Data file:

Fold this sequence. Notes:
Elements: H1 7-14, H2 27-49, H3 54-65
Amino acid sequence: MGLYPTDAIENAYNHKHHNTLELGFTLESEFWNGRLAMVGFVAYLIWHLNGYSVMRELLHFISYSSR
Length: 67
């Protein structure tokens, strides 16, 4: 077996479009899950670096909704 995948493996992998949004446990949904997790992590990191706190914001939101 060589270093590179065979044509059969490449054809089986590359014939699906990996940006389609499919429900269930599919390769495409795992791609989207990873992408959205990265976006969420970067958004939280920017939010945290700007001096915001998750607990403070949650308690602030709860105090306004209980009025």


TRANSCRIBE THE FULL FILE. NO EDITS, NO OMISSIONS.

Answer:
Fold this sequence. Notes:
Elements: H1 7-14, H2 27-49, H3 54-65
Amino acid sequence: MGLYPTDAIENAYNHKHHNTLELGFTLESEFWNGRLAMVGFVAYLIWHLNGYSVMRELLHFISYSSR
Length: 67
């Protein structure tokens, strides 16, 4: 077996479009899950670096909704 995948493996992998949004446990949904997790992590990191706190914001939101 060589270093590179065979044509059969490449054809089986590359014939699906990996940006389609499919429900269930599919390769495409795992791609989207990873992408959205990265976006969420970067958004939280920017939010945290700007001096915001998750607990403070949650308690602030709860105090306004209980009025």